With our large footprint in communities in every corner of the country, we have a unique ability to reach people where they are, which is what we did with the Vaccine Equity clinic. Globally, we need to apply that same sense of urgency from vaccine equity to health equity because it is crucial. It has always been critical. People are dying every day, and that is why we’re going to underserved communities to provide them with the treatments and care they need so we can knock down access barriers and affordability issues.
We’re also addressing health equity through our 8+-year partnership with Vitamin Angels. This partnership has helped over 350 million women and children access essential health care by providing vitamins and minerals to fight against malnutrition worldwide.
The COVID-19 pandemic has disproportionately affected Black, Hispanic and Indigenous communities and amplified how systemic racism has led to health disparities in communities of color. Relatedly, climate change has also disproportionately impacted socially vulnerable populations in the United States. One of the reasons is the lack of access to clean water, proximity to environmental hazards, and lack of green space in urban areas. Those things take a significant toll on health, and as one of our partners likes to say, “You can’t have healthy people on a sick planet.”
Through our global, enterprise-wide climate target, we pledged to reduce our absolute Scope 1 and Scope 2 greenhouse gas emissions by 30% by the end of fiscal 2030, compared with a 2019 baseline.
With nearly 9,000 retail pharmacy locations across the U.S. and Puerto Rico, we’re investing heavily in energy efficiency projects and energy management systems for Walgreens. We’re making good progress. In 2021, we cut carbon emissions by 14.9% — improving on an 8.3% reduction the previous year.
At Walgreens, our mission is to thread diversity into everything we do. When our shelves reflect our local communities, it benefits everyone, providing customers with access to a broader selection of products and services while expanding our network of diverse suppliers. Last year, our textured hair care business grew 14% year to date versus the prior year, and this year, we are introducing even more textured hair care brands. In fiscal year 2021, we spent more than $520 million with diverse suppliers, including Mielle Organics, Black Girl Sunscreen and Lorenzo’s Frozen Pudding.
DSN: Why is it important for WBA to have a chief officer dedicated to DEI?
AJ: Diversity, equity and inclusion are in our DNA and reflect our mission. At WBA, we know that diverse teams improve our performance, drive our growth and enhance engagement among ourselves and our customers, suppliers and the communities we serve. I am here to help WBA maintain a healthy and inclusive workplace and reimagine health care and well-being for all.
DSN: How do you advocate for healthcare inclusivity and foster women’s leadership?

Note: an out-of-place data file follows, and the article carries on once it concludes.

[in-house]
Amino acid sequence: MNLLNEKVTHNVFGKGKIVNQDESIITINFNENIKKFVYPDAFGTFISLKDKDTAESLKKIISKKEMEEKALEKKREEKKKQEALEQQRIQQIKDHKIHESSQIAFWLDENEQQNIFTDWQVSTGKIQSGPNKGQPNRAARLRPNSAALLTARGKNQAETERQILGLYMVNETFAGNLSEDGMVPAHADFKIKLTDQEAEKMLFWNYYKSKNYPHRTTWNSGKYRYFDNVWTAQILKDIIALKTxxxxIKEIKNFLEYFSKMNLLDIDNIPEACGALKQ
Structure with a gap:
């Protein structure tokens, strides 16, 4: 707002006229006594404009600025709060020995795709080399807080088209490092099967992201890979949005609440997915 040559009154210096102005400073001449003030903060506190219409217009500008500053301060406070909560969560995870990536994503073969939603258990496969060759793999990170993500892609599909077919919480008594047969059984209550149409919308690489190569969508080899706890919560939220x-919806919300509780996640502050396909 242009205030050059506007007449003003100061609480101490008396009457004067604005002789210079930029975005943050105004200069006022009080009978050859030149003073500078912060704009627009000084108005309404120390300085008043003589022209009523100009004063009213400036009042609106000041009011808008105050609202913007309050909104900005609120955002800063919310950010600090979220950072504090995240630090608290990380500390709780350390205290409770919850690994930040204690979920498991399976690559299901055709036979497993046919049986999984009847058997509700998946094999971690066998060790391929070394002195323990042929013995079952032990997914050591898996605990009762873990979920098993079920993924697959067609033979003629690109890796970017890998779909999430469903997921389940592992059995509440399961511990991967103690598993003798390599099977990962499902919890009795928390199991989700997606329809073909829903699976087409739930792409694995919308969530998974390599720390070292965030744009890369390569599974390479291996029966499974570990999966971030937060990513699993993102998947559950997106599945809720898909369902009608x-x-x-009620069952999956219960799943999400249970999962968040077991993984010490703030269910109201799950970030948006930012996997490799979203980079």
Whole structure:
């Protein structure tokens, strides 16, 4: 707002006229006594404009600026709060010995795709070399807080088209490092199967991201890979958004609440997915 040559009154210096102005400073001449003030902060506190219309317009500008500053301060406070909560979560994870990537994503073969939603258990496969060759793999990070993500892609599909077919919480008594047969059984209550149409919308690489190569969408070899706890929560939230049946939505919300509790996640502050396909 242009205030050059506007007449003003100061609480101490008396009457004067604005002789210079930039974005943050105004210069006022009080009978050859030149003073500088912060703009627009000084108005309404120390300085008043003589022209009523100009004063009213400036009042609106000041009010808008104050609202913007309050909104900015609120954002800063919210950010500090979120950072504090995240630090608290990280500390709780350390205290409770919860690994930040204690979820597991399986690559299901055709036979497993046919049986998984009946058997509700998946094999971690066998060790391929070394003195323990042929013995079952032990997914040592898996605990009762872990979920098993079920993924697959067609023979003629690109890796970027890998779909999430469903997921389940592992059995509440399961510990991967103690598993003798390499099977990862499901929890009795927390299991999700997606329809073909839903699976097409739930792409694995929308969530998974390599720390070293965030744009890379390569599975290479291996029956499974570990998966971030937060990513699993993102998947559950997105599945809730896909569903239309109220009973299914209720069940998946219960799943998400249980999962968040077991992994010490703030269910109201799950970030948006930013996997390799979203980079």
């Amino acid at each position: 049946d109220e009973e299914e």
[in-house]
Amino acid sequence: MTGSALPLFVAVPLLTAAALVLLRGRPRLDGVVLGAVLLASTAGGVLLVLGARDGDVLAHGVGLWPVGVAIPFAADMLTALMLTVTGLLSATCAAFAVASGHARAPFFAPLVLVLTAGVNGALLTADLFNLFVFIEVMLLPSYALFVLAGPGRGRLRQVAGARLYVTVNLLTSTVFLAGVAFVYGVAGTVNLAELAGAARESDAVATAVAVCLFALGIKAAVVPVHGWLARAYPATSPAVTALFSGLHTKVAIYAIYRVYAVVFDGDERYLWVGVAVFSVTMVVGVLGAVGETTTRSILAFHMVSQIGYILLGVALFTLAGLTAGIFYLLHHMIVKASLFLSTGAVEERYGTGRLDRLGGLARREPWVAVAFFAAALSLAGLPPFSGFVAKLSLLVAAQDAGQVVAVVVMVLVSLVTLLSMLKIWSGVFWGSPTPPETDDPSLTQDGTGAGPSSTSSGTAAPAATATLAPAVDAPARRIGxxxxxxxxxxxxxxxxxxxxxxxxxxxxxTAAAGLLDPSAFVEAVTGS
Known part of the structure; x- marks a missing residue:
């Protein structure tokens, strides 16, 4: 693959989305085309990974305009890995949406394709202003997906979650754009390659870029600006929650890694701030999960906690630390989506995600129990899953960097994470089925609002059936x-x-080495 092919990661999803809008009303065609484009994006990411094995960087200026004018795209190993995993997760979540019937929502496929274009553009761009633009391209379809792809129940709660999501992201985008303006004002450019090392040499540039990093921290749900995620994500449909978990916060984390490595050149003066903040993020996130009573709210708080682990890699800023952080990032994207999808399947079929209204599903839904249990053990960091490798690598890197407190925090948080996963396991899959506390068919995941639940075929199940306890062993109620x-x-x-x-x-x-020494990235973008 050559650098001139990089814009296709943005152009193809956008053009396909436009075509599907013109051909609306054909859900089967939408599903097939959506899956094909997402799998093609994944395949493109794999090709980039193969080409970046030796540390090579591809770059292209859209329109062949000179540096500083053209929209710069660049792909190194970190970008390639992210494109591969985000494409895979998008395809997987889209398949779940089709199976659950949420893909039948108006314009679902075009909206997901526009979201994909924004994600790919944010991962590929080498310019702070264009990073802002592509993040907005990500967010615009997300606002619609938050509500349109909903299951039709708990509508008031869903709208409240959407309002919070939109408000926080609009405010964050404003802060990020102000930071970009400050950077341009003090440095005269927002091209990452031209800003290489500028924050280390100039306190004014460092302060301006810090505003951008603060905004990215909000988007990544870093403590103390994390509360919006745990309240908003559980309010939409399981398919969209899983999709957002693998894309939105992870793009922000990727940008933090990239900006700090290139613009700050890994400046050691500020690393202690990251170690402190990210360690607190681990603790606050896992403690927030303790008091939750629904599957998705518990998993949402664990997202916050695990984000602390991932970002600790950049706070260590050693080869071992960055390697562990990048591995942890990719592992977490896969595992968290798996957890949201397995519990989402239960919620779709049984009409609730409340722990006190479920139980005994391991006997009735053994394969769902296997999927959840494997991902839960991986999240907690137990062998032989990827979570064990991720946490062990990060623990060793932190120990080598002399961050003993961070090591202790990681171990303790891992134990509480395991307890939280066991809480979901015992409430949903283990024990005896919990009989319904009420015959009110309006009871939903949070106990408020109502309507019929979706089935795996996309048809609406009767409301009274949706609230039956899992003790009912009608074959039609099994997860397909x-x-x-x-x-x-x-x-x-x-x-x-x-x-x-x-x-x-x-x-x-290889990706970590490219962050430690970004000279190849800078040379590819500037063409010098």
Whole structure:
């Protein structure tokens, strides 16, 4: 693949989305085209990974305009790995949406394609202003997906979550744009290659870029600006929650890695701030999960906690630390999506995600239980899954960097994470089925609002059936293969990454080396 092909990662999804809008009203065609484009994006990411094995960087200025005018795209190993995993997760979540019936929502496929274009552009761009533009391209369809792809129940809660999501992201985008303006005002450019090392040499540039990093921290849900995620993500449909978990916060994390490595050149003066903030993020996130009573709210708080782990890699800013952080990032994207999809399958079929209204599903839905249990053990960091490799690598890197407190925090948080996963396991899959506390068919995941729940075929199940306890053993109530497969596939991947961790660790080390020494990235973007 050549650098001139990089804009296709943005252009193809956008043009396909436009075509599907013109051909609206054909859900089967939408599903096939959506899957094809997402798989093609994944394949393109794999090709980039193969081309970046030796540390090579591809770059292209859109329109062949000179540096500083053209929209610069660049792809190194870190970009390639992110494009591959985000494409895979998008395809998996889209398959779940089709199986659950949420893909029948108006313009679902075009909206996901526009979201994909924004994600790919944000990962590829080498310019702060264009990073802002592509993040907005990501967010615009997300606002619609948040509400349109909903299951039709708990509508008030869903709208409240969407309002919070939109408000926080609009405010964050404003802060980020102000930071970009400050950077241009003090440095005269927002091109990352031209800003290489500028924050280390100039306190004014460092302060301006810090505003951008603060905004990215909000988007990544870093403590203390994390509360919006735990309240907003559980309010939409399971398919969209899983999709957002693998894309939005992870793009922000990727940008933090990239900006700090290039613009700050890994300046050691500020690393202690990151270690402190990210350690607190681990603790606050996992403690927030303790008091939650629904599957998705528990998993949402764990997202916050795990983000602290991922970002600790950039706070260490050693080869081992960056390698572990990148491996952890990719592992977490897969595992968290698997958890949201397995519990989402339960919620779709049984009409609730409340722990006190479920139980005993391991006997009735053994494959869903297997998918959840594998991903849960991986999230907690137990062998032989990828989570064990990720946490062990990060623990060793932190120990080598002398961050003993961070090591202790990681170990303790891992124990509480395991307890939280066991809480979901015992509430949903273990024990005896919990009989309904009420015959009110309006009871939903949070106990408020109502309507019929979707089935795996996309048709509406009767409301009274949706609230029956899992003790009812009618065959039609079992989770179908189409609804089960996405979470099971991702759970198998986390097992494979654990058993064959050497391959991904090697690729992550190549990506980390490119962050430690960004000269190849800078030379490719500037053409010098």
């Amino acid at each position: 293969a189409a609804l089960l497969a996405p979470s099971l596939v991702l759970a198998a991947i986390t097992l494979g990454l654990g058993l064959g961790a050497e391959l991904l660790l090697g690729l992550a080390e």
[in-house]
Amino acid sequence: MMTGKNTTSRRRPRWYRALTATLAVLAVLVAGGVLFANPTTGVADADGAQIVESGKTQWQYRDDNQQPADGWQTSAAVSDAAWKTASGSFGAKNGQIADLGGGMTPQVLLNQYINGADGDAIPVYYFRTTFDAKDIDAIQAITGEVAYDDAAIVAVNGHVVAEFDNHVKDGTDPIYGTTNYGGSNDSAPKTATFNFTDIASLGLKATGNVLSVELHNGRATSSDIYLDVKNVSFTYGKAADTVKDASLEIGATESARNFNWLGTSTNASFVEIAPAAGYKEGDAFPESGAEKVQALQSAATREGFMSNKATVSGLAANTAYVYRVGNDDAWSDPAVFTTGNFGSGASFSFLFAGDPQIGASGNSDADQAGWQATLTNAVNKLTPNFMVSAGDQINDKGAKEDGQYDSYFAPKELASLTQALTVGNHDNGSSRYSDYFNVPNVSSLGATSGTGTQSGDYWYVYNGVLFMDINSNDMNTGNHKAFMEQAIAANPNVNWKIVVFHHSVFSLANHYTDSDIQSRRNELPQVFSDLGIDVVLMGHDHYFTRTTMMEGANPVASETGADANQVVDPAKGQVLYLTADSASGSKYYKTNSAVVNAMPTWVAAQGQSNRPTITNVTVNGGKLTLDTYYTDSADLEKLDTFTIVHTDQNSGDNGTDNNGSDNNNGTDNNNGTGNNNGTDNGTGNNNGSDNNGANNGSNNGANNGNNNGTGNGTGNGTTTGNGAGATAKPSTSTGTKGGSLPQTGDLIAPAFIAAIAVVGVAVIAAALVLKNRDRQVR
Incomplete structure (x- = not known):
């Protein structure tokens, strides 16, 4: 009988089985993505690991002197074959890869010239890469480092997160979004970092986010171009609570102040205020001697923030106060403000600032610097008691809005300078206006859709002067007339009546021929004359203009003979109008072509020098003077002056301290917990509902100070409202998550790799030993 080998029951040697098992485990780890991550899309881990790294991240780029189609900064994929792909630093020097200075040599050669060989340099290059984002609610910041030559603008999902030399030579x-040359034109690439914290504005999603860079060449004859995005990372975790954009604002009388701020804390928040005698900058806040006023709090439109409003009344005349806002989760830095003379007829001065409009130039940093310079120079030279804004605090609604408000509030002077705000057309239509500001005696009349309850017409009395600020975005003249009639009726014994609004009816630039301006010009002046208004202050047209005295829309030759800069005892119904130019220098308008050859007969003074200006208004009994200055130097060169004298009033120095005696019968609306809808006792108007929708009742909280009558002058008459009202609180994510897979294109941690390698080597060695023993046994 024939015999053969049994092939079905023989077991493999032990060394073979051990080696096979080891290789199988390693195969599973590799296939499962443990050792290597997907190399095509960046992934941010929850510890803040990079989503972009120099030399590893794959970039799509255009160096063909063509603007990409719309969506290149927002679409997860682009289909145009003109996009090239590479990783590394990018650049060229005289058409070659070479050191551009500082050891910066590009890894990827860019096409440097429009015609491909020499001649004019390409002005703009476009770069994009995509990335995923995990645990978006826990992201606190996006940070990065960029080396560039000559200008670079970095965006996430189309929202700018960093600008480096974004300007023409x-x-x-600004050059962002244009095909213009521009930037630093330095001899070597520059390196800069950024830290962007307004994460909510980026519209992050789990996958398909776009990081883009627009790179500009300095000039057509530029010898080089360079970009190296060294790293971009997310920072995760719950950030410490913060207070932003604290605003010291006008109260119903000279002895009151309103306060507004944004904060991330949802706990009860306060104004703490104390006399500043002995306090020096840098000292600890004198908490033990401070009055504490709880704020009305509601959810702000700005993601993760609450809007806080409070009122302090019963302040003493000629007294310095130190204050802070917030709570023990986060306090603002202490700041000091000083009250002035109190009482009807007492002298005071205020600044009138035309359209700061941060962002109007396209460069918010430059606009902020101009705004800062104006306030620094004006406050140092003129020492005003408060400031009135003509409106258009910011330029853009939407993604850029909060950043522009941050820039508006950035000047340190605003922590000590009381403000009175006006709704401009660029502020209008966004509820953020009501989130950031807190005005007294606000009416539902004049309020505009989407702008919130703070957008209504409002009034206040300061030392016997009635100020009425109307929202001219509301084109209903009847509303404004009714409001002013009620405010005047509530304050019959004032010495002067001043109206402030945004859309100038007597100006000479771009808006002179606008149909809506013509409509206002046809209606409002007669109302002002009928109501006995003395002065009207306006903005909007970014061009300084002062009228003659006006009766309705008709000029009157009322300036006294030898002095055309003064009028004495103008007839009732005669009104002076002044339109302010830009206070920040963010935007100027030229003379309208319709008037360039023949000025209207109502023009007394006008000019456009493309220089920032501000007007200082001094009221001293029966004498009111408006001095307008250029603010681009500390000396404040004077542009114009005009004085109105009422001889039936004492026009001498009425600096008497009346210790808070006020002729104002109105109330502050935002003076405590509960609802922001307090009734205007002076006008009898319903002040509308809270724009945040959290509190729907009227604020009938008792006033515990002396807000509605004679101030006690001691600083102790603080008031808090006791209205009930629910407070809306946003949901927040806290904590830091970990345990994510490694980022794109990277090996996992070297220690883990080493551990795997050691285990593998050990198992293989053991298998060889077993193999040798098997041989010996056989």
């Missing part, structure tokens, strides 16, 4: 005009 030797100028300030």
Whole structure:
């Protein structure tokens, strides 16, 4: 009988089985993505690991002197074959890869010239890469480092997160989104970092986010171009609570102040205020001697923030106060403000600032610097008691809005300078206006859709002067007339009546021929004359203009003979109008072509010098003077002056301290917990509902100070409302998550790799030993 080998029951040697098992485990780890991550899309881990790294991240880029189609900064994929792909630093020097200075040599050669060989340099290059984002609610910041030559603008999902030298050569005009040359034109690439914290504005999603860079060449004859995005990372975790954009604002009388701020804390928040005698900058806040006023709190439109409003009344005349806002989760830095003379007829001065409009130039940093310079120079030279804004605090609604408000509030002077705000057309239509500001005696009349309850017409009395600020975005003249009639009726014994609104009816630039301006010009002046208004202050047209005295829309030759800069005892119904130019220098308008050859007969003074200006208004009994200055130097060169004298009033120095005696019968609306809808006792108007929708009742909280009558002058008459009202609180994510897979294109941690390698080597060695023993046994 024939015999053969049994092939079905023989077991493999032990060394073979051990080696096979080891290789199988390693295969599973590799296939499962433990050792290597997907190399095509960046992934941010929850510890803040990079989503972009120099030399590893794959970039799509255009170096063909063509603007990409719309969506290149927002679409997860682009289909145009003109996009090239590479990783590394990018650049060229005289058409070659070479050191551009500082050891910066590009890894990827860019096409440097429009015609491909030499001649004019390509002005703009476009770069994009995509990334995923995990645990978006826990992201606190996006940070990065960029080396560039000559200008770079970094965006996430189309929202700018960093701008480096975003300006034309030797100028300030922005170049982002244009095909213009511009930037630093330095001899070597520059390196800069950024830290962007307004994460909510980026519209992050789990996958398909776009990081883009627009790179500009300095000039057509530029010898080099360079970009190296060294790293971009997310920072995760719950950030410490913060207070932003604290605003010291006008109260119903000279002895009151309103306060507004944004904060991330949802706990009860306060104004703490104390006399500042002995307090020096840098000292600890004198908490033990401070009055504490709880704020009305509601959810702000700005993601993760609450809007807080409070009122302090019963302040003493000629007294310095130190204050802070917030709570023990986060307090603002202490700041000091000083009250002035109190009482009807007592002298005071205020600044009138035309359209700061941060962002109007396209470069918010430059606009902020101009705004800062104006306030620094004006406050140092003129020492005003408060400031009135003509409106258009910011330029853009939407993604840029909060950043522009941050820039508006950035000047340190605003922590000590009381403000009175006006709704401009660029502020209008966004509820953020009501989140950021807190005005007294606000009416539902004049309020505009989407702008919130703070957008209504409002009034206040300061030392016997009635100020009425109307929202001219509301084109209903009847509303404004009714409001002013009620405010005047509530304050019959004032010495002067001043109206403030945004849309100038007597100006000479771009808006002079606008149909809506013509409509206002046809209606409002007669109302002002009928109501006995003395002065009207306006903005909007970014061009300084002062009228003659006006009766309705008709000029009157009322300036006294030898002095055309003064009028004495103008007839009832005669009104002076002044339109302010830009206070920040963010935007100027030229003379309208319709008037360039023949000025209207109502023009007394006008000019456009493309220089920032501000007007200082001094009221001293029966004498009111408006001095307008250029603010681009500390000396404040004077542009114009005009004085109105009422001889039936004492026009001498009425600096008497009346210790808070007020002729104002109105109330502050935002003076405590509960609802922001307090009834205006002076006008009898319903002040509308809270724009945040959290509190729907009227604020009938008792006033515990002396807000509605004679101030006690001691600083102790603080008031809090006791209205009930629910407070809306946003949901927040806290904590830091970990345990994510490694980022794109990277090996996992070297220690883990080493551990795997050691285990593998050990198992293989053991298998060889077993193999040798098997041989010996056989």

AJ: Before my new role, I served as Walgreens vice president, federal government relations and chair of its task force to deliver COVID-19 vaccine equity. We knew our pharmacists would be at the center of helping the world fight the pandemic. We rapidly implemented a vaccine equity taskforce in the U.S., which held more than 1,200 vaccine events in medically underserved locations. We set up mobile vaccination clinics in 18 cities across the U.S. and have also installed programs to combat pediatric asthma and Type 2 diabetes in the most vulnerable communities in Chicago.
As chair, I led efforts to provide education and information via Walgreens pharmacists alongside organizations like the League of United Latin American Citizens, Alpha Kappa Alpha Sorority, Inc., the National Coalition of 100 Black Women, Faith for Black Lives, local National Urban League chapters and more than 600 different churches, community groups and elected officials.
As captured in a recent study, COVID-19 vaccine hesitancy among communities of color has dropped since the start of efforts like the Walgreens Vaccine Equity Initiative in December 2020.
I consider it my purpose to champion women inside and outside of WBA, whether through increasing the representation of women in leadership at WBA or as a mentor to young women. As an active member of the Women of WBA Business Resource Group leadership team, I led efforts supporting its objective to drive and inspire inclusivity, advancement and development opportunities for women.
Women need to see themselves in leadership roles. I’ve benefited by having women mentors who served in leadership roles in Washington, as well as having male allies. We need more women leaders because women are consensus builders, insightful and have the ability to truly see the outliers.
DSN: What’s the most important advice for others seeking to promote inclusivity and diversity?
AJ: I believe that everyone should be heard. Whether you’re a leader or a contributor, I recommend connecting with people from all different walks of life to understand their perspectives, needs, ambitions and desires. I believe diverse perspectives help make for better collective ideas and a solution-driven approach.
DSN: As the year draws to an end, if you could make one wish for 2023, what would it be?
AJ: I wish for access to health care for all. Every year, millions of U.S. adults skip a medical visit, test, treatment, follow-up or prescription fill because of cost. At WBA, we’re committed to championing all patients’ health and becoming the leading partner in reimagining local health care and well-being by making health care more accessible and affordable.